1917-1948 British Empire
The British Empire, the most extensive empire in world history, ruled approximately one-quarter of the world's population.     Great Britain recognized the rights of the Jewish people to establish a “national home in Palestine.” Yet they greatly curtailed entry of Jewish refugees into Israel even after World War II. They also changed their mind and split the Palestine Mandate: Jordan became the Arab state with 80% of the land, Israel, the Jewish state received only 20%.

During World War II (1939-45), the Nazi regime in Germany deliberately carried out a systematic plan to liquidate the Jewish community of Europe, decimating about 6 million Jews. As the Nazi armies swept through Europe, Jews were savagely persecuted, subjected to torture and humiliation, and herded into ghettos. From there some were transported into labor camps, but most were either shot or killed in gas chambers. Two thirds of Europe’s Jews died during the great tragedy of the holocaust.
  Establishment of sovereignty

In 1948, the Jewish community in Israel under the leadership of David Ben-Gurion reestablished sovereignty over their ancient homeland. The Declaration if Independence of the modern State of Israel was announced on the day that the last British forces left Israel (May 14, 1948).

Arab-Israeli wars
Only one day after the declaration of independence of the State of Israel, armies of five Arab countries, Egypt, Syria, Transjordan, Lebanon and Iraq, invaded Israel. This marked the beginning of the War of Independence. Arab states have since then waged four full scale wars against Israel:

1948 War of Independence 
1956 Sinai War 
1967 Six Day War 
1973 Yom Kippur War 
Despite the numerical superiority of the Arab armies, Israel defended itself each time and won. After each war Israeli army withdrew from most of the areas it captured. This is unprecedented in World history and shows Israel's willingness to reach peace even at the risk of fighting for its very existence each time anew.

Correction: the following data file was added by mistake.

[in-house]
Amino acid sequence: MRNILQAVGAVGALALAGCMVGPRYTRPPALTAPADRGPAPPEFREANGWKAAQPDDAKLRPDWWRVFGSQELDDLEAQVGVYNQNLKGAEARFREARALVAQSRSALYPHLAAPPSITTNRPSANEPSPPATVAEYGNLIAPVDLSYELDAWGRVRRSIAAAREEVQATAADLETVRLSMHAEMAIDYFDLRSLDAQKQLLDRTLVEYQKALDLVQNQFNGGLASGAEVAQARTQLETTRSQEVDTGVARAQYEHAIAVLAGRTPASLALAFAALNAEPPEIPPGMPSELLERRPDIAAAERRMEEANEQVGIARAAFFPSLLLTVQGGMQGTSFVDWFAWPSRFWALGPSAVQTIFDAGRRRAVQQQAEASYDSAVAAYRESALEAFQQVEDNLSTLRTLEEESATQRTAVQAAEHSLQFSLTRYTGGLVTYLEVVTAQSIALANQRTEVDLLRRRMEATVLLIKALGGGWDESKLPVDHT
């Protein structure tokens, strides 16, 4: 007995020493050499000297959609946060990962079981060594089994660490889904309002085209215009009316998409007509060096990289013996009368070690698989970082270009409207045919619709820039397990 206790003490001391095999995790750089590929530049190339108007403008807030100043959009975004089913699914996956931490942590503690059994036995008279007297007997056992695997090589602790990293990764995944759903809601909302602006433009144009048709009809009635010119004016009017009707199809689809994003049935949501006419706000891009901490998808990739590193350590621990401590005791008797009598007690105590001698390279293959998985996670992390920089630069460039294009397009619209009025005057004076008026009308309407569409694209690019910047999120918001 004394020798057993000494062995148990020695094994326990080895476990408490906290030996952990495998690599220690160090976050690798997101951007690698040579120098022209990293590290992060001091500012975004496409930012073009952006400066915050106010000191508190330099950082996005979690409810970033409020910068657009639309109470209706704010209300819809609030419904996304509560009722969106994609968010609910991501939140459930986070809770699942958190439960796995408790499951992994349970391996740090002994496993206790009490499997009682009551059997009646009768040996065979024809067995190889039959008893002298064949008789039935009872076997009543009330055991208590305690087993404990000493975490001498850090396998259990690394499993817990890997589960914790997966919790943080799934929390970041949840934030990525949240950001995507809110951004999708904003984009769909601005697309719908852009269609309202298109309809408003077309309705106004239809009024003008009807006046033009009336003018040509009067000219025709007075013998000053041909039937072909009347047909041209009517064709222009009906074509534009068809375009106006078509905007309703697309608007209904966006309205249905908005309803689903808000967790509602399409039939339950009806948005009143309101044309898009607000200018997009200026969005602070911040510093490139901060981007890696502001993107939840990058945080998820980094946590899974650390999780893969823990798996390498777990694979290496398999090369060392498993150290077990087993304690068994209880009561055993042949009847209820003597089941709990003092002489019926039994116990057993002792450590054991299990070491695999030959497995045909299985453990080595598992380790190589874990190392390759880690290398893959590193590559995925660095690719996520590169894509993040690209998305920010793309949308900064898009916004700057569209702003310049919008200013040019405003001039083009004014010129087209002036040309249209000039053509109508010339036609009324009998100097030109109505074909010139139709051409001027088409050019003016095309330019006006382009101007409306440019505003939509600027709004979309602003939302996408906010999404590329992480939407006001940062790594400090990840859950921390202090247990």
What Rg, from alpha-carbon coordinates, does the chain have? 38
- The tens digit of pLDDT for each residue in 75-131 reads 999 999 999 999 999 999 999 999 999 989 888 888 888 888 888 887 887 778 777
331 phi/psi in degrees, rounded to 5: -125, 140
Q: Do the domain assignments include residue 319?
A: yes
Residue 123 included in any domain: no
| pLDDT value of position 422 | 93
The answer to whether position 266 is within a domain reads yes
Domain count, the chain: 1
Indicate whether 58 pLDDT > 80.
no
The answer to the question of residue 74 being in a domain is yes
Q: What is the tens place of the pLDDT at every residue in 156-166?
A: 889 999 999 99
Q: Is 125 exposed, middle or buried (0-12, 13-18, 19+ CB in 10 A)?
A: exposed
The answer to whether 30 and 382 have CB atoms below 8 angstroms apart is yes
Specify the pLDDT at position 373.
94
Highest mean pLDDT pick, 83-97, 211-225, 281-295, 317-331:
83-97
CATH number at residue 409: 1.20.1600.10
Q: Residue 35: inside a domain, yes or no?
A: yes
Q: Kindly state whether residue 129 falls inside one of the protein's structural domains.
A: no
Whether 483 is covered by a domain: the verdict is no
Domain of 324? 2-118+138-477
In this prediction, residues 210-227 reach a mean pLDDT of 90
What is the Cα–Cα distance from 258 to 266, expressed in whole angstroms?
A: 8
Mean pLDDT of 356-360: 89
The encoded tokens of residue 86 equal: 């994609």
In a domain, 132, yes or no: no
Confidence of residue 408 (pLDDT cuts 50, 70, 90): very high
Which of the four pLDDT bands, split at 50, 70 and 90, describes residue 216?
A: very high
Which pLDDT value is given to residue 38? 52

Note that with Judea and Samaria Israel is only 40 miles wide. Thus, Israel can be crossed from the Mediterranean coast to the Eastern border at Jordan River within one hour of driving.

Ingathering of the Israelites
Dr. Semion Natliashvili depicted the modern ingathering of the Jewish People after 2,000 years of Diaspora in his painting. 
The center image of the picture shows young and old men in prayer shawls reading from a Torah scroll. Below is written “Shema Yisrael Adonay Eloheynu Adonay Echad” (Hear, Israel, the Lord is our G-d, the Lord is One).
The Star of David symbolizes the gathering of the Jewish People from all corners of the world joining together in dance and celebration. Other images inside the star symbolize the major threats Jewish People faced in Exile starting from the Exodus from Egypt, followed by Romans, Arabs and culminating in the gas-chambers of the Holocaust in Europe.

Quote from Charles Krauthammer - The Weekly Standard, May 11, 1998 "Israel is the very embodiment of Jewish continuity: It is the only nation on earth that inhabits the same land, bears the same name, speaks the same language, and worships the same God that it did 3,000 years ago. You dig the soil and you find pottery from Davidic times, coins from Bar Kokhba, and 2,000-year-old scrolls written in a script remarkably like the one that today advertises ice cream at the corner candy store."
Reference List
A History of Israel – Ahron Bergman
A brief History of Israel – Bernard Reich
The history of Israel – Arnold Blumberg
A History of the Jewish People Haym Ben-Sasson
Travels through Jewish History – Rabbi Berel Wein